Government Tries to Speed up Local Plan Examination to smooth #NPPF Transition

Planning Resource

The government is in talks with the Planning Inspectorate over ways to speed up the process of examining local plans to ensure that they comply with the new National Planning Policy Framework (NPPF), it has emerged.

Under the coalition’s controversial planning reforms, local authorities will need to have an up-to-date local plan in place by the time the changes come into effect in 2012. Otherwise, the presumption in favour of sustainable development enshrined in the draft NPPF, which stipulates that the default response to new development should be “yes” where a local plan is “absent, silent or indeterminate”, will take effect.

Councils that already have a local plan in place are also under pressure to ensure that their plans comply with the principles set out in the draft NPPF.

The Department for Communities and Local Government (DCLG) said last month that it is looking at a fast-track way of adjusting existing plans to comply with the framework.

But communities minister Baroness Hanham told peers in the House of Lords this week that discussions are also going on with the Planning Inspectorate “to see what is required to make the examination process quicker”.

She said: “It is well understood that the Planning Inspectorate will be put under pressure and we hope and expect that that will be able to be worked around.”

A 12-week consultation on the draft NPPF closed this week following widespread public debate over the proposals, with the National Trust – one of the most vocal critics of the reforms – handing over a petition with more than 200,000 signatures calling for changes to the document.

Planning minister Bob Neill said at the Conservative Party conference earlier this month that the need to redefine “sustainable development”, clarify the government’s stance on the “brownfield first” policy and put in place transitional arrangements for councils to adapt to the reforms were the three main areas of concern over the draft NPPF that the industry has raised with him and other ministers.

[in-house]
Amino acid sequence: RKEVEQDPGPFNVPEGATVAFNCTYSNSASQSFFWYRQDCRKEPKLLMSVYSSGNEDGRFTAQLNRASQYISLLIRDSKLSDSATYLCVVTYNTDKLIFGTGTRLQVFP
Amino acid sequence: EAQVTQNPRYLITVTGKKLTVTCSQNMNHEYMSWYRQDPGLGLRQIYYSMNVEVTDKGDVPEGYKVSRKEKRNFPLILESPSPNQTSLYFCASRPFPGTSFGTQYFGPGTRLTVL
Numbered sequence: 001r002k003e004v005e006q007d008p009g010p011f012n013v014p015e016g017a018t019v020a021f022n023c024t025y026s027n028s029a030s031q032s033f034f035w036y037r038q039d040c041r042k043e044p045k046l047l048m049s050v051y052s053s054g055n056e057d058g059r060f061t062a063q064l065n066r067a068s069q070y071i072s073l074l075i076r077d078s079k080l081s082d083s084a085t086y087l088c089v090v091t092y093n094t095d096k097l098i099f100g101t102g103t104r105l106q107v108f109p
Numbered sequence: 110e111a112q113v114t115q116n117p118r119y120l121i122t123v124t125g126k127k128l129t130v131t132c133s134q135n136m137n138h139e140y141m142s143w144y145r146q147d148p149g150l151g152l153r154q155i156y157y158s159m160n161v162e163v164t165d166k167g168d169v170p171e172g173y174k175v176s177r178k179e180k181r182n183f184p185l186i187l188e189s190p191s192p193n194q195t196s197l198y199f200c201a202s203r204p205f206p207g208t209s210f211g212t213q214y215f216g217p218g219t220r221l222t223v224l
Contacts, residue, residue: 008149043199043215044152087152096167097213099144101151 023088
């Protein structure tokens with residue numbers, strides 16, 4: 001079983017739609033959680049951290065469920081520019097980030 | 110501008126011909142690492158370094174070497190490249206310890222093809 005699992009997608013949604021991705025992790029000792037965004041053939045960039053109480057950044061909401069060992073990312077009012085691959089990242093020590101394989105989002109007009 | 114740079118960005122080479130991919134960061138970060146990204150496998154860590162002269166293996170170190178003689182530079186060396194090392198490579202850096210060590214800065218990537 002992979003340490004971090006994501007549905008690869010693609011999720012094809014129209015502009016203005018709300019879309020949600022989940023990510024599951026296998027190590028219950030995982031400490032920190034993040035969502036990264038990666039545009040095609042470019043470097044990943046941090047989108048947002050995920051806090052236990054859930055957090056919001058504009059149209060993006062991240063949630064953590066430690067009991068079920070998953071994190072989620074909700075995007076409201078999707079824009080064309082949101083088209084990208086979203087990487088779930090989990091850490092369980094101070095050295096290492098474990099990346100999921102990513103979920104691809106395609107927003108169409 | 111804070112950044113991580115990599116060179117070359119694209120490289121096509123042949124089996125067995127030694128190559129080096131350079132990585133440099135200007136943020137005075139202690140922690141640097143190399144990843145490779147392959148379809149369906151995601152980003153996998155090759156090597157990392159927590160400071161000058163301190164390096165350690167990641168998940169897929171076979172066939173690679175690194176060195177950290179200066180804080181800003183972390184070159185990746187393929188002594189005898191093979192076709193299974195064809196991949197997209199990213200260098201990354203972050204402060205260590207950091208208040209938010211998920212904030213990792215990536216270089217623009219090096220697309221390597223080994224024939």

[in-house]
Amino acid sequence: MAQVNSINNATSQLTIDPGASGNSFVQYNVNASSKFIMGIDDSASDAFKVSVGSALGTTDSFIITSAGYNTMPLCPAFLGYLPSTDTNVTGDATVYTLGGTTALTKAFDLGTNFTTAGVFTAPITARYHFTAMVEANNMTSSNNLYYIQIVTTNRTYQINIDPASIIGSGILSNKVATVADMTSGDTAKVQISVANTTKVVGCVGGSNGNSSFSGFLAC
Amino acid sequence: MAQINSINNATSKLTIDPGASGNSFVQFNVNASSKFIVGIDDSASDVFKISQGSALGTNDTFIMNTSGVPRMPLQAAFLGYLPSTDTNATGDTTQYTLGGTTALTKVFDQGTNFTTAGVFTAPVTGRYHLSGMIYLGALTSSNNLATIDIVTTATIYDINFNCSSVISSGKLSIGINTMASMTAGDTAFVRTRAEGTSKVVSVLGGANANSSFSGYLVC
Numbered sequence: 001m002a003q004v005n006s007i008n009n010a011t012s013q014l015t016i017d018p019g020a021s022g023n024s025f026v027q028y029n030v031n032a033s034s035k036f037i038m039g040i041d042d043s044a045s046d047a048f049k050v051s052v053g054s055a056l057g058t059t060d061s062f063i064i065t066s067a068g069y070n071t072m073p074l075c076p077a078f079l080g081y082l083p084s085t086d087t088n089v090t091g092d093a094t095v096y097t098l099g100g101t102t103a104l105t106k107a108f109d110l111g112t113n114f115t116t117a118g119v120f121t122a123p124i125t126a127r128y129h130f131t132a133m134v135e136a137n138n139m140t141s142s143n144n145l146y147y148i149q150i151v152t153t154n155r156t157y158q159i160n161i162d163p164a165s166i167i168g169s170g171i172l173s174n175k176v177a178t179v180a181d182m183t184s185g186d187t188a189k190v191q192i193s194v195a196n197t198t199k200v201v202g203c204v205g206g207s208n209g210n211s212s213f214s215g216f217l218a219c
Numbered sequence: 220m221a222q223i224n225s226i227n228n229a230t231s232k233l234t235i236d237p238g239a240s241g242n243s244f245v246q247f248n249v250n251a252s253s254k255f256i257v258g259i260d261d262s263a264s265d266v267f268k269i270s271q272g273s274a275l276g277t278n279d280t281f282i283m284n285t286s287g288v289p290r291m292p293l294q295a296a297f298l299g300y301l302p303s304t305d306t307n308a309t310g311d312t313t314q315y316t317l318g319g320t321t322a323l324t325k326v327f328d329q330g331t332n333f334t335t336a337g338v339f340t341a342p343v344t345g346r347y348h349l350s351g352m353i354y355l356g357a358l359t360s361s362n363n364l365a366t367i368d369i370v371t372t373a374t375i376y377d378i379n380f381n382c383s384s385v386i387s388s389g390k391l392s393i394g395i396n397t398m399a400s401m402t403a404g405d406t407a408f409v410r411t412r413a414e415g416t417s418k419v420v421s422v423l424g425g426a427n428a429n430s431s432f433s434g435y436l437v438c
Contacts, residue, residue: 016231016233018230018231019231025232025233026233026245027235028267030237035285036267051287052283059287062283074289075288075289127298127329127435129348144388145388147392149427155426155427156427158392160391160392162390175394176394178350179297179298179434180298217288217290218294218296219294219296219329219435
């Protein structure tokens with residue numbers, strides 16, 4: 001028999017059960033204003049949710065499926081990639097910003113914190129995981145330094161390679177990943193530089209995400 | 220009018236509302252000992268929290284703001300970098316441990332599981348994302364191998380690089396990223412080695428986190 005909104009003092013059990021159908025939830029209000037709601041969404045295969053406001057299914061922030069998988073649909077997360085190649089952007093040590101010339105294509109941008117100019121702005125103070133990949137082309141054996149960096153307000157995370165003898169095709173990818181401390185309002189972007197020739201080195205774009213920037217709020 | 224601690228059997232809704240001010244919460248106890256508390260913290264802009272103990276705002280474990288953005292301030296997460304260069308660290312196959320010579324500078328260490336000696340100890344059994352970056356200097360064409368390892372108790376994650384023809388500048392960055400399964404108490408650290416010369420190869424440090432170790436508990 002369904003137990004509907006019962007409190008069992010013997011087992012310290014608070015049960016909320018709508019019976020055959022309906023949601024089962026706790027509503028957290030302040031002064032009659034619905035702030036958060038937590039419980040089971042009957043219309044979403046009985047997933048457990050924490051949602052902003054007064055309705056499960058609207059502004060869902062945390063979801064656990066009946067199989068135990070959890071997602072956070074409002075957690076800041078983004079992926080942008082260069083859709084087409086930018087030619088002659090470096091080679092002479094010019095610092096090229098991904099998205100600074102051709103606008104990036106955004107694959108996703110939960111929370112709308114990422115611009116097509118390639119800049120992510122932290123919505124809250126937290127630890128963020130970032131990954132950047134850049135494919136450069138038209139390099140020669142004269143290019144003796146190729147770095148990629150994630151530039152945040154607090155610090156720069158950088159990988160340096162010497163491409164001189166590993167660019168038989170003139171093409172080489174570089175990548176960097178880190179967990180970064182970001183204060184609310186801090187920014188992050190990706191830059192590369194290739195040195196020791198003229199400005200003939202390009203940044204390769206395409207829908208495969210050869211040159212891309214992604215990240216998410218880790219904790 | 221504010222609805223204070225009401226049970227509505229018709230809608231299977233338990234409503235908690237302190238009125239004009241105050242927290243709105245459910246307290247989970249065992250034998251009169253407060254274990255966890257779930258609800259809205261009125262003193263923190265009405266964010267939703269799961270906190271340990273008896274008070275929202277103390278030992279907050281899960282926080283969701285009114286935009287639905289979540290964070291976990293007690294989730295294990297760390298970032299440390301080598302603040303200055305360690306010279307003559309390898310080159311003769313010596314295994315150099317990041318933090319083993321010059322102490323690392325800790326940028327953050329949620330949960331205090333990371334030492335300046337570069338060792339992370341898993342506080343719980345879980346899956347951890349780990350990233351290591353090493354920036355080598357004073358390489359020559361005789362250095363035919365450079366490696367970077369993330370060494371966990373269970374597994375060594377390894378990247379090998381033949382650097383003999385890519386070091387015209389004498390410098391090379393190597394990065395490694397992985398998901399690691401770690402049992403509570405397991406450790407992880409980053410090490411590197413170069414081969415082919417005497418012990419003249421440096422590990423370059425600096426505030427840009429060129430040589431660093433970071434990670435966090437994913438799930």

Last week, decentralisation minister Greg Clark reaffirmed a ministerial pledge to put in place transitional arrangements to help councils – particularly those without an up-to-date local plan in place – to adapt to the government’s reforms.

He told a meeting of the environmental audit committee: “It’s always been our intention that we will make an announcement about transitional arrangements. Our target for the publication of the final version of the NPPF is April 2012. Well before then … we will set out our transitional arrangements.”

Sector bodies including the Planning Officers Society (POS) have recommended that such arrangements could include a two-year transition period. POS member Stuart Hylton told the communities and local government select committee this week that two years would allow councils to fill in any gaps in their local plans by the time the new system comes into effect.

However, Baroness Hanham told peers this week that the government is unlikely to put in place a specified transition period. She said: “Forty-six per cent of local authorities do not have development plans in place and they have had eight years to produce them. The worry is that if you time limit a transitional period in some way you are back exactly where we started, where people do not pay any attention.

“It is absolutely essential that we put pressure on local authorities to get their plans completed. We would need to consider very carefully whether there is any value in having (a laid-down transitional period), but are committed to guidance of some sort.”

Of course the exmination process can be very quick, two or three weeks, when local planning authories dont withdraw the plan on the opening day, are forced to do several months more re-consultation when the plan isnt supported by the evidence or shows a 10/15 years shortfall or they keep dragging the process out in the hope that policies will change preventing them having to allocate any land.  Some recent examinations have incredibly lasted over a year, only a few days sitting, with more than two rounds of re-consultation.

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